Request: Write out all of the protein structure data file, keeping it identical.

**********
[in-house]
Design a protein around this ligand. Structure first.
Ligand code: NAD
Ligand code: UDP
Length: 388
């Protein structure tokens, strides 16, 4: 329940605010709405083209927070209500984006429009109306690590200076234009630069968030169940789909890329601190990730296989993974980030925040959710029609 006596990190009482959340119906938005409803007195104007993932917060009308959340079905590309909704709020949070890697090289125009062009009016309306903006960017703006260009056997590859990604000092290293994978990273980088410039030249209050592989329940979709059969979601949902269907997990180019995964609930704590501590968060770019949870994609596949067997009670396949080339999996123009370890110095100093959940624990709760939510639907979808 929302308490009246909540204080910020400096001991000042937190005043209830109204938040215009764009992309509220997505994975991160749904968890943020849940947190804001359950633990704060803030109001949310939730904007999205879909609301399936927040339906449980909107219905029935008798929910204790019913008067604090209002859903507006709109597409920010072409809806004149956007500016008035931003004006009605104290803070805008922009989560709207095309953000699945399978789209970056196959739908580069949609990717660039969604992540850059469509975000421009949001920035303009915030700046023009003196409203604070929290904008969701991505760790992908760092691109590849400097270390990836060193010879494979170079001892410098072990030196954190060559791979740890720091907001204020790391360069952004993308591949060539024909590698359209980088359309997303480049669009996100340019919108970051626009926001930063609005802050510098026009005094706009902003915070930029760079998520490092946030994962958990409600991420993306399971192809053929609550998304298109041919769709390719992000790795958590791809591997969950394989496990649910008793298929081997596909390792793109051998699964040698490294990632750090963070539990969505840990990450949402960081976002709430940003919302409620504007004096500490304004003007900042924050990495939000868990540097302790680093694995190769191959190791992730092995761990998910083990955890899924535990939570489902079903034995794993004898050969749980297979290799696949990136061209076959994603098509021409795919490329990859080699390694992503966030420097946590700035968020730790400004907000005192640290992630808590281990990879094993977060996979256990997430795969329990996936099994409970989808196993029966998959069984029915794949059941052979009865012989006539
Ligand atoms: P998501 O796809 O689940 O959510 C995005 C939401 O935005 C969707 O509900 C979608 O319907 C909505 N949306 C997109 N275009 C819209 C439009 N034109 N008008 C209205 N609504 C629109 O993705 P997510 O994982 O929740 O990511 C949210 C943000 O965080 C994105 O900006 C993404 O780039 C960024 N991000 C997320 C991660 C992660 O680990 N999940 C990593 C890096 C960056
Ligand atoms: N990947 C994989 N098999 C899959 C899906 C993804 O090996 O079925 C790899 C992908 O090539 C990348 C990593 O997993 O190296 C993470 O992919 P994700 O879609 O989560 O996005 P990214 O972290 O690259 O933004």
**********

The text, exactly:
[in-house]
Design a protein around this ligand. Structure first.
Ligand code: NAD
Ligand code: UDP
Length: 388
């Protein structure tokens, strides 16, 4: 329940605010709405083209927070209500984006429009109306690590200076234009630069968030169940789909890329601190990730296989993974980030925040959710029609 006596990190009482959340119906938005409803007195104007993932917060009308959340079905590309909704709020949070890697090289125009062009009016309306903006960017703006260009056997590859990604000092290293994978990273980088410039030249209050592989329940979709059969979601949902269907997990180019995964609930704590501590968060770019949870994609596949067997009670396949080339999996123009370890110095100093959940624990709760939510639907979808 929302308490009246909540204080910020400096001991000042937190005043209830109204938040215009764009992309509220997505994975991160749904968890943020849940947190804001359950633990704060803030109001949310939730904007999205879909609301399936927040339906449980909107219905029935008798929910204790019913008067604090209002859903507006709109597409920010072409809806004149956007500016008035931003004006009605104290803070805008922009989560709207095309953000699945399978789209970056196959739908580069949609990717660039969604992540850059469509975000421009949001920035303009915030700046023009003196409203604070929290904008969701991505760790992908760092691109590849400097270390990836060193010879494979170079001892410098072990030196954190060559791979740890720091907001204020790391360069952004993308591949060539024909590698359209980088359309997303480049669009996100340019919108970051626009926001930063609005802050510098026009005094706009902003915070930029760079998520490092946030994962958990409600991420993306399971192809053929609550998304298109041919769709390719992000790795958590791809591997969950394989496990649910008793298929081997596909390792793109051998699964040698490294990632750090963070539990969505840990990450949402960081976002709430940003919302409620504007004096500490304004003007900042924050990495939000868990540097302790680093694995190769191959190791992730092995761990998910083990955890899924535990939570489902079903034995794993004898050969749980297979290799696949990136061209076959994603098509021409795919490329990859080699390694992503966030420097946590700035968020730790400004907000005192640290992630808590281990990879094993977060996979256990997430795969329990996936099994409970989808196993029966998959069984029915794949059941052979009865012989006539
Ligand atoms: P998501 O796809 O689940 O959510 C995005 C939401 O935005 C969707 O509900 C979608 O319907 C909505 N949306 C997109 N275009 C819209 C439009 N034109 N008008 C209205 N609504 C629109 O993705 P997510 O994982 O929740 O990511 C949210 C943000 O965080 C994105 O900006 C993404 O780039 C960024 N991000 C997320 C991660 C992660 O680990 N999940 C990593 C890096 C960056
Ligand atoms: N990947 C994989 N098999 C899959 C899906 C993804 O090996 O079925 C790899 C992908 O090539 C990348 C990593 O997993 O190296 C993470 O992919 P994700 O879609 O989560 O996005 P990214 O972290 O690259 O933004």